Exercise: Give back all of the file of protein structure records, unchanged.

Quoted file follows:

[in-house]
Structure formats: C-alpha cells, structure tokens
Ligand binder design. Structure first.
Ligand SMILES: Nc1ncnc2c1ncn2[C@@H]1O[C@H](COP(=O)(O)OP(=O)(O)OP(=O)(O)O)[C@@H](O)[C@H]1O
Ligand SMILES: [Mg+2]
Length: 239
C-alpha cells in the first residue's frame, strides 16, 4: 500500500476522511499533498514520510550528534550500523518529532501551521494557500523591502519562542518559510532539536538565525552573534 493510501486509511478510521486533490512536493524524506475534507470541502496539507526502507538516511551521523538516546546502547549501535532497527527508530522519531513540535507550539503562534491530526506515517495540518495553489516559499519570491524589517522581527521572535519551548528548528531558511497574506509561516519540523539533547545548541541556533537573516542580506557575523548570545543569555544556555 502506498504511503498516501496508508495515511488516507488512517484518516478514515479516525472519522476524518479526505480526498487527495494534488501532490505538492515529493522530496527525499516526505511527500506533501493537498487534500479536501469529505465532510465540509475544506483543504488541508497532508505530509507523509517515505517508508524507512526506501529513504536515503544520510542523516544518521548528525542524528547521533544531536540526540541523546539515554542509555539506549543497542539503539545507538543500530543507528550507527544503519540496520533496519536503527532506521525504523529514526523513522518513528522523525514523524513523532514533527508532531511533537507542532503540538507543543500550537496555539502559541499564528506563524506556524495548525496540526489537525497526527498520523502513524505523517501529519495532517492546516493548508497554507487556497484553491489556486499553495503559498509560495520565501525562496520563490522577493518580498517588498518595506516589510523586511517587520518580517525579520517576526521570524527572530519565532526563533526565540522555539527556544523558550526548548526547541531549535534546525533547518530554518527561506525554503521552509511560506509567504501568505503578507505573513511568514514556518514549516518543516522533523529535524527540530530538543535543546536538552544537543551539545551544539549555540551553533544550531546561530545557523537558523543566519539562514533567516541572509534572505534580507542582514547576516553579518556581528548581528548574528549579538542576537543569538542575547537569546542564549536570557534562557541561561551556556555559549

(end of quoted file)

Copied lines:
[in-house]
Structure formats: C-alpha cells, structure tokens
Ligand binder design. Structure first.
Ligand SMILES: Nc1ncnc2c1ncn2[C@@H]1O[C@H](COP(=O)(O)OP(=O)(O)OP(=O)(O)O)[C@@H](O)[C@H]1O
Ligand SMILES: [Mg+2]
Length: 239
C-alpha cells in the first residue's frame, strides 16, 4: 500500500476522511499533498514520510550528534550500523518529532501551521494557500523591502519562542518559510532539536538565525552573534 493510501486509511478510521486533490512536493524524506475534507470541502496539507526502507538516511551521523538516546546502547549501535532497527527508530522519531513540535507550539503562534491530526506515517495540518495553489516559499519570491524589517522581527521572535519551548528548528531558511497574506509561516519540523539533547545548541541556533537573516542580506557575523548570545543569555544556555 502506498504511503498516501496508508495515511488516507488512517484518516478514515479516525472519522476524518479526505480526498487527495494534488501532490505538492515529493522530496527525499516526505511527500506533501493537498487534500479536501469529505465532510465540509475544506483543504488541508497532508505530509507523509517515505517508508524507512526506501529513504536515503544520510542523516544518521548528525542524528547521533544531536540526540541523546539515554542509555539506549543497542539503539545507538543500530543507528550507527544503519540496520533496519536503527532506521525504523529514526523513522518513528522523525514523524513523532514533527508532531511533537507542532503540538507543543500550537496555539502559541499564528506563524506556524495548525496540526489537525497526527498520523502513524505523517501529519495532517492546516493548508497554507487556497484553491489556486499553495503559498509560495520565501525562496520563490522577493518580498517588498518595506516589510523586511517587520518580517525579520517576526521570524527572530519565532526563533526565540522555539527556544523558550526548548526547541531549535534546525533547518530554518527561506525554503521552509511560506509567504501568505503578507505573513511568514514556518514549516518543516522533523529535524527540530530538543535543546536538552544537543551539545551544539549555540551553533544550531546561530545557523537558523543566519539562514533567516541572509534572505534580507542582514547576516553579518556581528548581528548574528549579538542576537543569538542575547537569546542564549536570557534562557541561561551556556555559549